Eventually, there will be a run on the dollar, and Americans will suffer.  Gold may have its ups and downs, but the instability of the American monetary system will remain until the system is replaced.

A dollar crash should have occurred long ago. All foreign trade must be two way.  If foreigners are selling merchandise here for dollars, then we must sell merchandise there for yen or yuan.  If we don't then demand for the dollar falls and we are forced to stop buying Japanese or Chinese merchandise because it has become expensive. Plants return from foreign countries because imports become expensive.  Inflation would make Americans poorer.  This has not occurred because foreigners hold dollars and dollar-denominated treasury bonds, propping up the dollar. This has caused excessive overseas investment.  The Fed has harmed working Americans while it has subsidized Wall Street, Warren Buffett, and George Soros.

Rather than think logically, Mr. Buffett, America's most talented financier, and Fortune, America's leading business publication, fantasize.  The notion that the dollar cannot be sold deflects attention from the instability of the American economy.  Fantasy is characteristic of participants in bubbles.  It is not impossible for foreigners to sell dollars, and purchase of manufactured goods is not the only form of trade.  As dollar demand for other currencies escalates, the dollar declines.

The flip side of Mr. Buffett's and Fortune's delusional claim that dollar sales are an impossibility will be the end of the dollar bubble--a dollar crash.  Gold and silver, anathema to Fortune, Mr. Buffett, and his Wall Street peers, will skyrocket in value.  Wall Street's victimization of the average American, accomplished by Americans' voting their victimizers' servants into office, will have been complete.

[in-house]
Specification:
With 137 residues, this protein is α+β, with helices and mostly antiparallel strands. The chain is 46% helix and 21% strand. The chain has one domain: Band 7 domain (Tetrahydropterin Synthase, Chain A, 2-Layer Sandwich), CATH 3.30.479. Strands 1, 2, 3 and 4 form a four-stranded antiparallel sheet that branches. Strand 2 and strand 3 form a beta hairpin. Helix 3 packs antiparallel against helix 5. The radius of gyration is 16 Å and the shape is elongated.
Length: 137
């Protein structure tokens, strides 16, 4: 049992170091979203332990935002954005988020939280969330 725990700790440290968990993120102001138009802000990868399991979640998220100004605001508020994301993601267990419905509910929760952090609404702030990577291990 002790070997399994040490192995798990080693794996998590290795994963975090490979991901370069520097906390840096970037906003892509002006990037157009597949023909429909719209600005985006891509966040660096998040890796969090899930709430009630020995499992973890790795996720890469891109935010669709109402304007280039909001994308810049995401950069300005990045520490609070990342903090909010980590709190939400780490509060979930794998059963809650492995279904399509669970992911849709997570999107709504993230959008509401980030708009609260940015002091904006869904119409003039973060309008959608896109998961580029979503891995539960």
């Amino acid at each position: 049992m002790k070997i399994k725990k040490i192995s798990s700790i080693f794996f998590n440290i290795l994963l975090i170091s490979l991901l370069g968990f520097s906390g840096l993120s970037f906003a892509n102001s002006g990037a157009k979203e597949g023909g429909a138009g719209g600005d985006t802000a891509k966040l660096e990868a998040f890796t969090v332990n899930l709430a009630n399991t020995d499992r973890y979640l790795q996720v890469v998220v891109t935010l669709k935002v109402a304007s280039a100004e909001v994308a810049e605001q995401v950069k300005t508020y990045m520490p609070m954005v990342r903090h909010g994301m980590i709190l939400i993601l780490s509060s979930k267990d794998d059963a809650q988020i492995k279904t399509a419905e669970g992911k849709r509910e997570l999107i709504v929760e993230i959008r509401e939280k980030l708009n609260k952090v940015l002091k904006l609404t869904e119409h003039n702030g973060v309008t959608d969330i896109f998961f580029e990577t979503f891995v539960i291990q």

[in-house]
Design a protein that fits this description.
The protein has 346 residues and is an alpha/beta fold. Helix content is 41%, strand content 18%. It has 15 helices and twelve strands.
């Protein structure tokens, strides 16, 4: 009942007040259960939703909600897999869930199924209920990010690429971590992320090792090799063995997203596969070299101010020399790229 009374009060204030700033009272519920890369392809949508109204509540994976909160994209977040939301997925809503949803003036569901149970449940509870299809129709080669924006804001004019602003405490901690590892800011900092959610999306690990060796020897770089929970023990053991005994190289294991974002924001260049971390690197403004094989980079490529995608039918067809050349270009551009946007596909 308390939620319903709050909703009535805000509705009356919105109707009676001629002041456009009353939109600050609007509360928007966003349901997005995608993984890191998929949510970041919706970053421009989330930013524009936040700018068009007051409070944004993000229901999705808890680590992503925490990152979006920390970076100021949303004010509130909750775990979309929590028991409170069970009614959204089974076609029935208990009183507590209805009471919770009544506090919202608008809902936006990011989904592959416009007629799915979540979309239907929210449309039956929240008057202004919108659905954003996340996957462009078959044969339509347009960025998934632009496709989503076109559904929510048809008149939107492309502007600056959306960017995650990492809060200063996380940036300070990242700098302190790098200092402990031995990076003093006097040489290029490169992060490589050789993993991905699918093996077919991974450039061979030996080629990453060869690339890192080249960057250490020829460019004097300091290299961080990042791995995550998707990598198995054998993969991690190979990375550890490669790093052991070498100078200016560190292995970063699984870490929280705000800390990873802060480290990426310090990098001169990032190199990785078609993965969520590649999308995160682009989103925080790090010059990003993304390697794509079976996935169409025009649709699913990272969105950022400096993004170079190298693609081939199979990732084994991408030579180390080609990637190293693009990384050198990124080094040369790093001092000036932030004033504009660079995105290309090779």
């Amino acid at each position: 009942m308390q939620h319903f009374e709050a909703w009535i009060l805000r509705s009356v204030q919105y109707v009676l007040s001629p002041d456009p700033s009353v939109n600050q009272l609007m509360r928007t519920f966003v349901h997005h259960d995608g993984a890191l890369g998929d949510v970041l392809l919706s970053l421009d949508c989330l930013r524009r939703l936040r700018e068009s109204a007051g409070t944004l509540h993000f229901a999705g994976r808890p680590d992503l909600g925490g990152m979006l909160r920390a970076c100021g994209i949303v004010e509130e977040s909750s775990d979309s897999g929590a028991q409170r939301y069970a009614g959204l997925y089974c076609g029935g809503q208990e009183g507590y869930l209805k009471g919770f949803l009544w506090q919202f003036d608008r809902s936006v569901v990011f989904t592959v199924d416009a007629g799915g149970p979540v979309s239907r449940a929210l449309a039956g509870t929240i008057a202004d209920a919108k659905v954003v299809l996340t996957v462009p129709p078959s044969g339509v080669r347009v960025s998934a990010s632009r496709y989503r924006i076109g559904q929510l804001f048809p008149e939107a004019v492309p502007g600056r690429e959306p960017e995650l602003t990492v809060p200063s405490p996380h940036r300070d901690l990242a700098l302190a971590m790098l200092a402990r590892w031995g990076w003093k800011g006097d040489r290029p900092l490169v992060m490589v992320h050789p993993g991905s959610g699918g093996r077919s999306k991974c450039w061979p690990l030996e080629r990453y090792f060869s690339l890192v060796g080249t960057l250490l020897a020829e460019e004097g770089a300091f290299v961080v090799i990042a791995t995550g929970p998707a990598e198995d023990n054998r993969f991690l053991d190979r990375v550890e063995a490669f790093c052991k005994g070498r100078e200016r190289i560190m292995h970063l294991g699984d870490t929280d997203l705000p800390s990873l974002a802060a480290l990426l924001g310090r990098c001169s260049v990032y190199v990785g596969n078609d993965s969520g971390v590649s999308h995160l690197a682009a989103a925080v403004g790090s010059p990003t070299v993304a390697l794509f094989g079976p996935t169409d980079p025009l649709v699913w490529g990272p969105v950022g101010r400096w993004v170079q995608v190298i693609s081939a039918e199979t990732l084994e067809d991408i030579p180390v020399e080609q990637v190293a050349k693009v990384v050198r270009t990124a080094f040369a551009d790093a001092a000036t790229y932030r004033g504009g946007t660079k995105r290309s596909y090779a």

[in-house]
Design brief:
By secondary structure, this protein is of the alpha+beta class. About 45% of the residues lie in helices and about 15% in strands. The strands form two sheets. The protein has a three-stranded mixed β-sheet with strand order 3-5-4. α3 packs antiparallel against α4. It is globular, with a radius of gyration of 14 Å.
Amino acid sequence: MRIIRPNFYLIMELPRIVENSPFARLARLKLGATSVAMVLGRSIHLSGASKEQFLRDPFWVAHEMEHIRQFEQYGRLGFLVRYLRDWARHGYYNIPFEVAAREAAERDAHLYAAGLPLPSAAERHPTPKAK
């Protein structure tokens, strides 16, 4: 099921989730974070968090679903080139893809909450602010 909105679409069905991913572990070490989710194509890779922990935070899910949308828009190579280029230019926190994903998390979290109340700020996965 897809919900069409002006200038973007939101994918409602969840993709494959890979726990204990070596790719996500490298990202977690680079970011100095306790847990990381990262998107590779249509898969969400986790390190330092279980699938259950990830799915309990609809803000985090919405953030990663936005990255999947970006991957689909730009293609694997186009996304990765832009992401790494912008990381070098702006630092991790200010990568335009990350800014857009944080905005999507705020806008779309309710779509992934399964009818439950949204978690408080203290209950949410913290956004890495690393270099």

wil k. in Salem, OR said...

So maybe I am parochial and naive, but if this does in fact occur, and foreign investors reduce their holdings of dollars, what would the effect be on the "common American" who has little or no investments and very little savings. What could such an American do in preparation for such a bursting of the dollar bubble? Apart from commodities, is there any safe asset for someone unable to trade internationally? I am aware that you are not a financial advisor, but I would be curious about your opinions

Mitchell Langbert said...

Dear Wil--thanks for your thoughtful posts. The Federal Reserve Bank has harmed the average American for the past 100 years, and especially for the past 40 years, since 1970. Gold, commodities, real estate (but of course prices are inflated), hard assets, food, toothpaste, etc. are all ways to hedge a dollar decline. No one knows when the coup de grace of the American financial system will be; it could be in 50 years or in 2 years. Now that gold and silver are falling in price you might consider buying a bit. Wages tend to lag in inflationary times. If there is a dollar crash, having consumption items around the home will probably serve you well. I don't want to sound like a survivalist, but the low prices of manufactured goods won't last forever.